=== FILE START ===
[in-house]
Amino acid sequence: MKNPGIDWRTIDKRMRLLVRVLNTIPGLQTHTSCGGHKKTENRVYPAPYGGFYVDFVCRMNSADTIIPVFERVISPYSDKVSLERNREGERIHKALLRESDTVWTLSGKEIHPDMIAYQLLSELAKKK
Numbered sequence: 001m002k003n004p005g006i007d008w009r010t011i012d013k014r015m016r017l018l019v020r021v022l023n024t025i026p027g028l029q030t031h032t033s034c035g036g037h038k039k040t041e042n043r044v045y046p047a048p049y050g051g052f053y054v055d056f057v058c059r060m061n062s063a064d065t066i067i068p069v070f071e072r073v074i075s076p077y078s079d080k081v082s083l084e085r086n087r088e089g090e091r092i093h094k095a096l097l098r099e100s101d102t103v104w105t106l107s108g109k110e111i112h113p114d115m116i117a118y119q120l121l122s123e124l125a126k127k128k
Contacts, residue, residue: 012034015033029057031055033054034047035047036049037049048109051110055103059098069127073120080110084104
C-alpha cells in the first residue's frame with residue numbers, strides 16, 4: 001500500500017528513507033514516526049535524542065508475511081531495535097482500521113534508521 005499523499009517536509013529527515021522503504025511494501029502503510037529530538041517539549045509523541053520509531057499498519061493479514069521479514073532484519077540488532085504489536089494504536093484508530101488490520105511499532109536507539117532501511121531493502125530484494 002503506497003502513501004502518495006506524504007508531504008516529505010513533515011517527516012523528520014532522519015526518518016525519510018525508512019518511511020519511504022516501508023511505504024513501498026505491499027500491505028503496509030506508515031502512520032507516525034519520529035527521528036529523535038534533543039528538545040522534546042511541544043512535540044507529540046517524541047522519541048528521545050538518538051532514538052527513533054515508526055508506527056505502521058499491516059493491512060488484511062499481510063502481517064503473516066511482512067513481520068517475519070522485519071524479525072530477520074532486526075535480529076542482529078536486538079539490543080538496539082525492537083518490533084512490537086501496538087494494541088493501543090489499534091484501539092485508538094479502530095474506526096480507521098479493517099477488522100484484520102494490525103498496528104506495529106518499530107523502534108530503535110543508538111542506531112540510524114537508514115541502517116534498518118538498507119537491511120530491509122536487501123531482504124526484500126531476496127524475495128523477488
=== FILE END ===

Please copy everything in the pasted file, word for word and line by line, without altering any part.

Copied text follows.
[in-house]
Amino acid sequence: MKNPGIDWRTIDKRMRLLVRVLNTIPGLQTHTSCGGHKKTENRVYPAPYGGFYVDFVCRMNSADTIIPVFERVISPYSDKVSLERNREGERIHKALLRESDTVWTLSGKEIHPDMIAYQLLSELAKKK
Numbered sequence: 001m002k003n004p005g006i007d008w009r010t011i012d013k014r015m016r017l018l019v020r021v022l023n024t025i026p027g028l029q030t031h032t033s034c035g036g037h038k039k040t041e042n043r044v045y046p047a048p049y050g051g052f053y054v055d056f057v058c059r060m061n062s063a064d065t066i067i068p069v070f071e072r073v074i075s076p077y078s079d080k081v082s083l084e085r086n087r088e089g090e091r092i093h094k095a096l097l098r099e100s101d102t103v104w105t106l107s108g109k110e111i112h113p114d115m116i117a118y119q120l121l122s123e124l125a126k127k128k
Contacts, residue, residue: 012034015033029057031055033054034047035047036049037049048109051110055103059098069127073120080110084104
C-alpha cells in the first residue's frame with residue numbers, strides 16, 4: 001500500500017528513507033514516526049535524542065508475511081531495535097482500521113534508521 005499523499009517536509013529527515021522503504025511494501029502503510037529530538041517539549045509523541053520509531057499498519061493479514069521479514073532484519077540488532085504489536089494504536093484508530101488490520105511499532109536507539117532501511121531493502125530484494 002503506497003502513501004502518495006506524504007508531504008516529505010513533515011517527516012523528520014532522519015526518518016525519510018525508512019518511511020519511504022516501508023511505504024513501498026505491499027500491505028503496509030506508515031502512520032507516525034519520529035527521528036529523535038534533543039528538545040522534546042511541544043512535540044507529540046517524541047522519541048528521545050538518538051532514538052527513533054515508526055508506527056505502521058499491516059493491512060488484511062499481510063502481517064503473516066511482512067513481520068517475519070522485519071524479525072530477520074532486526075535480529076542482529078536486538079539490543080538496539082525492537083518490533084512490537086501496538087494494541088493501543090489499534091484501539092485508538094479502530095474506526096480507521098479493517099477488522100484484520102494490525103498496528104506495529106518499530107523502534108530503535110543508538111542506531112540510524114537508514115541502517116534498518118538498507119537491511120530491509122536487501123531482504124526484500126531476496127524475495128523477488